The expansion of railroads that Lincoln supported helps explain why, in the coming decade, state and local decision-makers must play an important role in charting the course of broadband deployment and usage — with the support of the federal government.

The federal government, of course, has played a critical role in the advancement of broadband. For example, the federal government manages spectrum; has sped the availability and use of broadband, and has empowered schools, libraries, and rural healthcare facilities., while expanding broadband adoption through the Lifeline program. And the federal government is in a very good position to collect information on the deployment of broadband – data that can improve decision-making at all levels of government.

But it is state and local leaders that can best knit these initiatives together in order to integrate broadband deployment and use into regional and local economic strategies. Not every initiative will work everywhere and, like all experiments, some may fail. But there is strength in these laboratories of the states, counties, cities, and within communities.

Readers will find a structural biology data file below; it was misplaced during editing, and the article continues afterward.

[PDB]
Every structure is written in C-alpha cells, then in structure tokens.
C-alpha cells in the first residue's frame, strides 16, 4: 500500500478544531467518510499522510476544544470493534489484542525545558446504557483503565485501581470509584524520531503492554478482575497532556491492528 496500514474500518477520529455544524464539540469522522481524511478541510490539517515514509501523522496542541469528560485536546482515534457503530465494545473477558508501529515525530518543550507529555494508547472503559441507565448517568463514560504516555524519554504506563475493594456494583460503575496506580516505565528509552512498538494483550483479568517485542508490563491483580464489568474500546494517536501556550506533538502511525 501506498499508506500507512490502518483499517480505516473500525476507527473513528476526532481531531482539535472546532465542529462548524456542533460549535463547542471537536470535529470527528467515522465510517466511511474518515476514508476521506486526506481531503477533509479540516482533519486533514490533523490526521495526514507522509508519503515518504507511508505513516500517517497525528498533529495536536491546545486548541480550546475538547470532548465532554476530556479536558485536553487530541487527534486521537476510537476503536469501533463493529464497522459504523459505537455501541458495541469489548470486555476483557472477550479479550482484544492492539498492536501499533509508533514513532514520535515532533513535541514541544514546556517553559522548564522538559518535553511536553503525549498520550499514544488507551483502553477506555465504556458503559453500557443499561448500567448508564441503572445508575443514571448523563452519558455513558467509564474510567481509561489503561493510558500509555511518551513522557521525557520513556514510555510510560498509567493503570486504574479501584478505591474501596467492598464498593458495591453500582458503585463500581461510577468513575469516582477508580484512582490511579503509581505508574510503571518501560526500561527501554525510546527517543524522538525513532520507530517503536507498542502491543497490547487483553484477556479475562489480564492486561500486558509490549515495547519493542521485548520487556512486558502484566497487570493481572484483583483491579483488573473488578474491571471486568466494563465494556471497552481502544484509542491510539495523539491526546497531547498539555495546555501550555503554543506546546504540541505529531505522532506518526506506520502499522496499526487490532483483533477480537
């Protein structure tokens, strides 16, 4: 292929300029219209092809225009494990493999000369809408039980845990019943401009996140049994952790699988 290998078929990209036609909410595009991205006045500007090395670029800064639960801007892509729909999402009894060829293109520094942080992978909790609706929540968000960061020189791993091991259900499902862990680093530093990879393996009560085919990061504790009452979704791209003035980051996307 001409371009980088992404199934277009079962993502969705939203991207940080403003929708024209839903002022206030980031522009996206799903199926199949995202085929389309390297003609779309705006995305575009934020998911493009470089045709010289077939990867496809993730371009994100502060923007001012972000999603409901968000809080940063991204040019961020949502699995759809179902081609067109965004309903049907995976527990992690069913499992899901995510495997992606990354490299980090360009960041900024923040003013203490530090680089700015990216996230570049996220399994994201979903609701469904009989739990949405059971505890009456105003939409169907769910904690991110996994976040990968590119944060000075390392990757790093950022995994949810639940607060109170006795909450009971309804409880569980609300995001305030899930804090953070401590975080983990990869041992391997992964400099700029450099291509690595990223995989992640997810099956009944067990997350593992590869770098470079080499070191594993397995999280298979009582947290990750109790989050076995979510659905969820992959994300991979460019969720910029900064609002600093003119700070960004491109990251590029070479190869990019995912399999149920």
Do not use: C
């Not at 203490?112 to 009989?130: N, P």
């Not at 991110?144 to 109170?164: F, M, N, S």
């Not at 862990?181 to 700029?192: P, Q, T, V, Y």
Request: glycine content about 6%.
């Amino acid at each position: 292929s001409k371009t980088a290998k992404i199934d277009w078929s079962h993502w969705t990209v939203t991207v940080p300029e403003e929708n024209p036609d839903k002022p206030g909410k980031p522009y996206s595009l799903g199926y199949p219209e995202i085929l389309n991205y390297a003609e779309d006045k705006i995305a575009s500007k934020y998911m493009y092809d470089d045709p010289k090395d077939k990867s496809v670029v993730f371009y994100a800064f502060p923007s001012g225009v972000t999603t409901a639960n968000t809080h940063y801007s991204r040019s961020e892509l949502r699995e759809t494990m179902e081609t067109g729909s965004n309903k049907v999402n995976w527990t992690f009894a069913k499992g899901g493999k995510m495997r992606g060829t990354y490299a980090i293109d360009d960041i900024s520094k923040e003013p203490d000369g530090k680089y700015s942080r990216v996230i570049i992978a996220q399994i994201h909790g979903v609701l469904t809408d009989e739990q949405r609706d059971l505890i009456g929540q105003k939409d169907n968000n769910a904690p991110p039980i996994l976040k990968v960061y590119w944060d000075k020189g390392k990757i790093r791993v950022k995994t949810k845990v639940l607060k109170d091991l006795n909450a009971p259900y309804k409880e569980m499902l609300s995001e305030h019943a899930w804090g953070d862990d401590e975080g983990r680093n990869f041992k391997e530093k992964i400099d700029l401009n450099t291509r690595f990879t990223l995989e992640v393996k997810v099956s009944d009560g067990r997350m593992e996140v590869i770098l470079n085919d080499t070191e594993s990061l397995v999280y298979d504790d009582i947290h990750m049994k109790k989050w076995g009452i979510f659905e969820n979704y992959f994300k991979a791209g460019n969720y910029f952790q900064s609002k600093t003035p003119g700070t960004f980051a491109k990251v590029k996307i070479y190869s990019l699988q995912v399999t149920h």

Leadership is being provided through a variety of efforts that include:

State Governments: In their 2019 State-of-the-State Addresses, newly-elected governors have issued calls to action. In South Dakota, Republican Governor Kristi Noem emphasized the importance of bringing broadband to rural areas, explaining that “[g]eograhic location no longer has to be a barrier to participating in the global economy.” Similarly, Governor Jared Polis (D-CO) called on legislators to work together to expand access because “broadband is critical infrastructure that everyone must have access to.”